Eamon O’Dea of the Revenue Commissioners said the Apple tax problem is an international issue that should not be laid at Ireland’s door.

“The essence of yesterday’s ruling was that Ireland, through Revenue, gave a preferential benefit, an advantage, a preferential advantage by not charging its global profits, its worldwide profits that would have produced this €13 billion,” he said.

Revenue has to operate by applying the Irish tax law, and Irish tax differentiates between companies that are resident in Ireland and companies that operate through a branch.

He said the two Apple companies involved were not resident in Ireland for tax purposes, and he said while somebody may be owed the €13 billion, it’s not Ireland.

Tax avoidance

Pearse Doherty, finance spokesman for Sinn Féin said:

“We welcome that there is a new €13 billion and probably a further €4-5 billion in interest that will benefit Irish taxpayers into the future.

“And I think whatever decision Apple takes, the idea of an Irish government refusing to collect taxes that it is legally entitled to as a result of the Commission’s decision and that it is willing to spend hundreds of thousands of euro defending Apple’s position, and wants to spend more taxpayers’ money is simply not acceptable.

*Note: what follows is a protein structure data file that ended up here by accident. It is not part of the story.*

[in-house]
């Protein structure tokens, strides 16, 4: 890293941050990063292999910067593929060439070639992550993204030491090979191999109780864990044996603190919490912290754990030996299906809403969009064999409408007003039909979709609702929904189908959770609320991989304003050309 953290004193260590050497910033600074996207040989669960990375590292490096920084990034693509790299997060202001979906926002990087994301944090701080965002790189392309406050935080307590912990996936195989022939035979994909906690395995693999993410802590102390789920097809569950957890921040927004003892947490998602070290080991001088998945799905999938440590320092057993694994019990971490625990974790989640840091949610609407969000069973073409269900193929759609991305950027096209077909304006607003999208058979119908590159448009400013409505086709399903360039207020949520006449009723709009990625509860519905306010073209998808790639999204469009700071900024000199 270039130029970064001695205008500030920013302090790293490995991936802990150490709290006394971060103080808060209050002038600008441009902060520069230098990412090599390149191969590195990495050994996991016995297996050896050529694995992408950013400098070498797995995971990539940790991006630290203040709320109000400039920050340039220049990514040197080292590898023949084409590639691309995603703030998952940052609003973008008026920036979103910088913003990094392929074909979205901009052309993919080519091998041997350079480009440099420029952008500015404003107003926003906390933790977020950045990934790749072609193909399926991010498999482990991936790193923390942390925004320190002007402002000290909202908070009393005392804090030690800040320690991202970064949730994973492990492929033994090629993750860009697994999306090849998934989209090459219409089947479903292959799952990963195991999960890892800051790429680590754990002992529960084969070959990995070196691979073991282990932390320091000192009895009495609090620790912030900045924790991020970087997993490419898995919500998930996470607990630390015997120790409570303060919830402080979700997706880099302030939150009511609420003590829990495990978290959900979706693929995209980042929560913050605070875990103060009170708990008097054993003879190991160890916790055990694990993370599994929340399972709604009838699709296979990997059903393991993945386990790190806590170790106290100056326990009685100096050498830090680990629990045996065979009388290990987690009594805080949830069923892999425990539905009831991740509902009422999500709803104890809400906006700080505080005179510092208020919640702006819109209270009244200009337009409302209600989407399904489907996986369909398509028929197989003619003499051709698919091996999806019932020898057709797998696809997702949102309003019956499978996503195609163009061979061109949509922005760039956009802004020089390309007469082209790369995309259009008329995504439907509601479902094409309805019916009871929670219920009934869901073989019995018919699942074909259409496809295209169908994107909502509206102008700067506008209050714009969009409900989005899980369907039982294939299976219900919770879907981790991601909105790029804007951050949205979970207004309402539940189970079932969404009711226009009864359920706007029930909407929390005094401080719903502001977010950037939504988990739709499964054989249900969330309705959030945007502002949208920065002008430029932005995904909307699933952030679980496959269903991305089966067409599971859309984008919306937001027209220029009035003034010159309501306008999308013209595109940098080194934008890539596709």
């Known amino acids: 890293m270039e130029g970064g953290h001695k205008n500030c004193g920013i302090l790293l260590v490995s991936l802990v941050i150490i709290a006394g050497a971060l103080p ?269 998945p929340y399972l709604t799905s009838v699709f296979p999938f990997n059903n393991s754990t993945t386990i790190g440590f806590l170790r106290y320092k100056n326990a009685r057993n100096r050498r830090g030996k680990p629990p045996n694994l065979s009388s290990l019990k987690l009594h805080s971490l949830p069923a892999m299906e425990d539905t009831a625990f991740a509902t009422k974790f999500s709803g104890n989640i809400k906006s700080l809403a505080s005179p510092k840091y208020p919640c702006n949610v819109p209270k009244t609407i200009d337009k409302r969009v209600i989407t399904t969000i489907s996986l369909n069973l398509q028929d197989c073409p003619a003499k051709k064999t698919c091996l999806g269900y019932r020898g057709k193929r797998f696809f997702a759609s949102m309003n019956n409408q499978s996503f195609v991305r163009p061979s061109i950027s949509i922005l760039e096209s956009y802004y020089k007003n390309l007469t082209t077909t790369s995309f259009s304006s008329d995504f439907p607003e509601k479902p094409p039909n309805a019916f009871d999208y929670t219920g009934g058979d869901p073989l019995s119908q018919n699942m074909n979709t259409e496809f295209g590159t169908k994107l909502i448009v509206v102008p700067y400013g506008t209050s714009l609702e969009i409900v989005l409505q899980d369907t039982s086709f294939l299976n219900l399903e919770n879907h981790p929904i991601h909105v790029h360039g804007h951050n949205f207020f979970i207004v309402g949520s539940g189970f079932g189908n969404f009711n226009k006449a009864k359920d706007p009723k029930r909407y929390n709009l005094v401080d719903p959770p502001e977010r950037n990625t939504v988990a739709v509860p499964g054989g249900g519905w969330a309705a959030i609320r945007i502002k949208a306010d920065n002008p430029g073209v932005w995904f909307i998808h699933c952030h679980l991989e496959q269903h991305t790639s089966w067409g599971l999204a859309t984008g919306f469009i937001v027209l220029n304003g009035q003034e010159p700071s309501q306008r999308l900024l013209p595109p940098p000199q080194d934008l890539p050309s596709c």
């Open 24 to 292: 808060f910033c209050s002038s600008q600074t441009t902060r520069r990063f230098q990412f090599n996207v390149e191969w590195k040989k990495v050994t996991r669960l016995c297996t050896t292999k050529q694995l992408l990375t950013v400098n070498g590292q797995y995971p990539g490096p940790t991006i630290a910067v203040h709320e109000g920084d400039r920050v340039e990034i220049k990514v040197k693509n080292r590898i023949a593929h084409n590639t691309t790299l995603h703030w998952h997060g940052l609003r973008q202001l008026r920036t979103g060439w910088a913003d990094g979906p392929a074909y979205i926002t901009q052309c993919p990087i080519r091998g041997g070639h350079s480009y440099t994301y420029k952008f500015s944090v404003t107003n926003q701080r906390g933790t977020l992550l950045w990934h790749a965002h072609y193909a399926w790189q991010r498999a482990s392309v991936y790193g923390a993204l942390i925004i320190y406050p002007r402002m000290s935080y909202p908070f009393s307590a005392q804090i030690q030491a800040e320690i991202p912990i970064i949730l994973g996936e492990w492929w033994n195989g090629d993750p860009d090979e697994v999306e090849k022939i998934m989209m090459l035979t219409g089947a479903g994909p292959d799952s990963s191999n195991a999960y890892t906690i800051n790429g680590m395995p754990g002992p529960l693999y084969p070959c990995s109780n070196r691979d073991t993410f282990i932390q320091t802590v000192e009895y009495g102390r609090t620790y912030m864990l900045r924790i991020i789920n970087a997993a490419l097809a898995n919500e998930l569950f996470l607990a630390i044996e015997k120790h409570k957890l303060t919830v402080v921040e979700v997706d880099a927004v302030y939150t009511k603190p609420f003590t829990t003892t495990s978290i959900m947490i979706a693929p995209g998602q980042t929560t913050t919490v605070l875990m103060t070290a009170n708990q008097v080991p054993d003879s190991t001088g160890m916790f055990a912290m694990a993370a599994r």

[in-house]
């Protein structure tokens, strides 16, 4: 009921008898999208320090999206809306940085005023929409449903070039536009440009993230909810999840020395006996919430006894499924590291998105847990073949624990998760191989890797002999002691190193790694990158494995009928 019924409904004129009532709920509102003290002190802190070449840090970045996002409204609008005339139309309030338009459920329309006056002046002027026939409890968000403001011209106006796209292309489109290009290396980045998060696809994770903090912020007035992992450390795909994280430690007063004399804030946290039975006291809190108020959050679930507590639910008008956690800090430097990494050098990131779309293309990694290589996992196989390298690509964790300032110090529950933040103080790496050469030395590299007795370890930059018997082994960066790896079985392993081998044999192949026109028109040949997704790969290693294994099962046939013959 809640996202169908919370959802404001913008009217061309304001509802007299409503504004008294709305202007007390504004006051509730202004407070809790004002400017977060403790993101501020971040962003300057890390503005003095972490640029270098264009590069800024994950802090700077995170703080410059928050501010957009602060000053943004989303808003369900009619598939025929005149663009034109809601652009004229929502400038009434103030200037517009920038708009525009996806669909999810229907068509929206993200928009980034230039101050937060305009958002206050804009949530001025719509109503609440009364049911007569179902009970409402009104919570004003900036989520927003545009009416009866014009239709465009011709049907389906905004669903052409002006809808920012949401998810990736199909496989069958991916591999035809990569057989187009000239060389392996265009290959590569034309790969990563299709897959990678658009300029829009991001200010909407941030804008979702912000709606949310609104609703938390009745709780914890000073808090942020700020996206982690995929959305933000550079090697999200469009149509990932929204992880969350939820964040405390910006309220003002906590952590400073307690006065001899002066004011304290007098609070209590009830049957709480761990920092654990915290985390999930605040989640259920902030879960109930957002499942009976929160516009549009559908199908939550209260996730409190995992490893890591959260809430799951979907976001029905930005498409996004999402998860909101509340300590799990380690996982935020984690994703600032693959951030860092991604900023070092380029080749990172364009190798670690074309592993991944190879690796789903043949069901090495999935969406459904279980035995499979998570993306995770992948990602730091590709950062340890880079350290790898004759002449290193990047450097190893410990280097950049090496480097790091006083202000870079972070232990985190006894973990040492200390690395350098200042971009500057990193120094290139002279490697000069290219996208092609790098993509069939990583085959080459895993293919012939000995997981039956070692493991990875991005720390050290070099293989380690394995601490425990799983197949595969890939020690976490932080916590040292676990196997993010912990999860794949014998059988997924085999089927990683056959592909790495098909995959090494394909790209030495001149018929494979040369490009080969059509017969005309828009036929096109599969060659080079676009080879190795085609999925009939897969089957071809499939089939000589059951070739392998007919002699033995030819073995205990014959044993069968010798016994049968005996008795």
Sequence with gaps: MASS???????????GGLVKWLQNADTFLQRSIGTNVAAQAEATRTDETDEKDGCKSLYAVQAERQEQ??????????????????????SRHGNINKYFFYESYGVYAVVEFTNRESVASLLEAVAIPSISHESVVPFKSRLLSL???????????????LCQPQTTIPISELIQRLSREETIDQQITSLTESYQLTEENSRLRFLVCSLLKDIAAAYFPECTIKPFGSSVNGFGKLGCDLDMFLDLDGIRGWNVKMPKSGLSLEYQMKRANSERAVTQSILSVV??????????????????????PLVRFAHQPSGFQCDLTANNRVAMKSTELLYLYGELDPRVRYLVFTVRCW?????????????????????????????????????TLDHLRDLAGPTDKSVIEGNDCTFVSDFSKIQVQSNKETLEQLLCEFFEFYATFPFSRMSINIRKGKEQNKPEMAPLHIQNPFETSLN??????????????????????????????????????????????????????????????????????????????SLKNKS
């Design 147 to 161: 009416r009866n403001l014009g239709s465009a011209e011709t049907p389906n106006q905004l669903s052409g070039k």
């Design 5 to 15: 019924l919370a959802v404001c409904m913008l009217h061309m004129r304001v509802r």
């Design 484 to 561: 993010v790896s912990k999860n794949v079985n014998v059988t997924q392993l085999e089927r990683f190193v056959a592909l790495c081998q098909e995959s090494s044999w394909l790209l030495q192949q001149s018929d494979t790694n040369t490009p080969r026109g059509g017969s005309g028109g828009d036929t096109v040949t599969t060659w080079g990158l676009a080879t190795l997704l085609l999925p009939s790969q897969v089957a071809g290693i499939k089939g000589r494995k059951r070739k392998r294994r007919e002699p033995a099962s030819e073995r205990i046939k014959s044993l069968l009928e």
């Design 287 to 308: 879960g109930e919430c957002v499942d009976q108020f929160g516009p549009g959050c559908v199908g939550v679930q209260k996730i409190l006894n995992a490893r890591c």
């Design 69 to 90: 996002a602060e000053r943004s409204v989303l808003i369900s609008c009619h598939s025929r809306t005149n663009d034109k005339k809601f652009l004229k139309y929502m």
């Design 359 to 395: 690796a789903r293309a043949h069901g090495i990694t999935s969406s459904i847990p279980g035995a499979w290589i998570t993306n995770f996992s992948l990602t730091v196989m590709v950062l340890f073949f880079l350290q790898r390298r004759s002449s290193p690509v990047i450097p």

Ireland has facilitated tax avoidance through its tax code for many, many years.

He added:

If the government was acting in the interests of the Irish people, it would be collecting the billions of euro that it is due.

“Let’s put this into context, it’s roughly the overall cost of running our health service.

This government is willing to take me and other people who haven’t paid their water charges to court, when the bill runs to €500.

It’s willing to spend hundreds of thousands of our money to actually defend Apple’s interests and go to the European Court of Justice so Apple don’t have to pay tax that is liable to the Irish taxpayer. It’s simply not acceptable.

Labour

Labour, however, will support a Government appeal of the European Commission’s decision. Leader Brendan Howlin said it was “inconceivable” that Ireland would not be attached to Apple’s appeal of the decision.

Meanwhile, Cork North Central TD Mick Barry has questioned Minister Noonan’s assertion that the tax would not be available for current spending.

“A cynical attempt was made to pull the wool over the eyes of the public by saying ‘even if we get the money, we can’t spend it anyway because of the fiscal rules’,” Mr Barry said.

This has been exposed as untrue after the intervention of EU Commissioner Vestager and the admission by Minister Paschal Donohue on Drivetime that any funds received by the State through the ruling could be spent on capital projects such as housing.

Read: “The government needs its head examined” – should Ireland really throw €13 billion back in the EU’s face?

Read: With €13 billion, Ireland could build Metro North, Dart Underground and solve the homeless crisis